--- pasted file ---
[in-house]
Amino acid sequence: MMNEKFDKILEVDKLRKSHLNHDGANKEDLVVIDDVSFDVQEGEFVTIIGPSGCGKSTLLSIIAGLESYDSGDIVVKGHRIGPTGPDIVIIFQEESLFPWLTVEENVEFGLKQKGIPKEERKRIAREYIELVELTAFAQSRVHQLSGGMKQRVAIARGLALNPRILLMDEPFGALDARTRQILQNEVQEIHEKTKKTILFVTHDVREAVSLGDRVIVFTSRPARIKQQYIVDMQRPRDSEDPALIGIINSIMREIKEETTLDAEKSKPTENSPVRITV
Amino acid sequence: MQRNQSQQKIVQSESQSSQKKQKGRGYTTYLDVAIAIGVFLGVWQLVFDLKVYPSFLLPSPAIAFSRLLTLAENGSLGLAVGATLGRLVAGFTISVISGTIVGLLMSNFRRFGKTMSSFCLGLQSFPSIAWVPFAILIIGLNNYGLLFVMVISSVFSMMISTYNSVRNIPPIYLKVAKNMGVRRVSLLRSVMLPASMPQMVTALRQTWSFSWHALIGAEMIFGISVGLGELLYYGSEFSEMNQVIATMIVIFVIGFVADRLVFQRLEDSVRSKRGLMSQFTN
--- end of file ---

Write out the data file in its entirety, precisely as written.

[in-house]
Amino acid sequence: MMNEKFDKILEVDKLRKSHLNHDGANKEDLVVIDDVSFDVQEGEFVTIIGPSGCGKSTLLSIIAGLESYDSGDIVVKGHRIGPTGPDIVIIFQEESLFPWLTVEENVEFGLKQKGIPKEERKRIAREYIELVELTAFAQSRVHQLSGGMKQRVAIARGLALNPRILLMDEPFGALDARTRQILQNEVQEIHEKTKKTILFVTHDVREAVSLGDRVIVFTSRPARIKQQYIVDMQRPRDSEDPALIGIINSIMREIKEETTLDAEKSKPTENSPVRITV
Amino acid sequence: MQRNQSQQKIVQSESQSSQKKQKGRGYTTYLDVAIAIGVFLGVWQLVFDLKVYPSFLLPSPAIAFSRLLTLAENGSLGLAVGATLGRLVAGFTISVISGTIVGLLMSNFRRFGKTMSSFCLGLQSFPSIAWVPFAILIIGLNNYGLLFVMVISSVFSMMISTYNSVRNIPPIYLKVAKNMGVRRVSLLRSVMLPASMPQMVTALRQTWSFSWHALIGAEMIFGISVGLGELLYYGSEFSEMNQVIATMIVIFVIGFVADRLVFQRLEDSVRSKRGLMSQFTN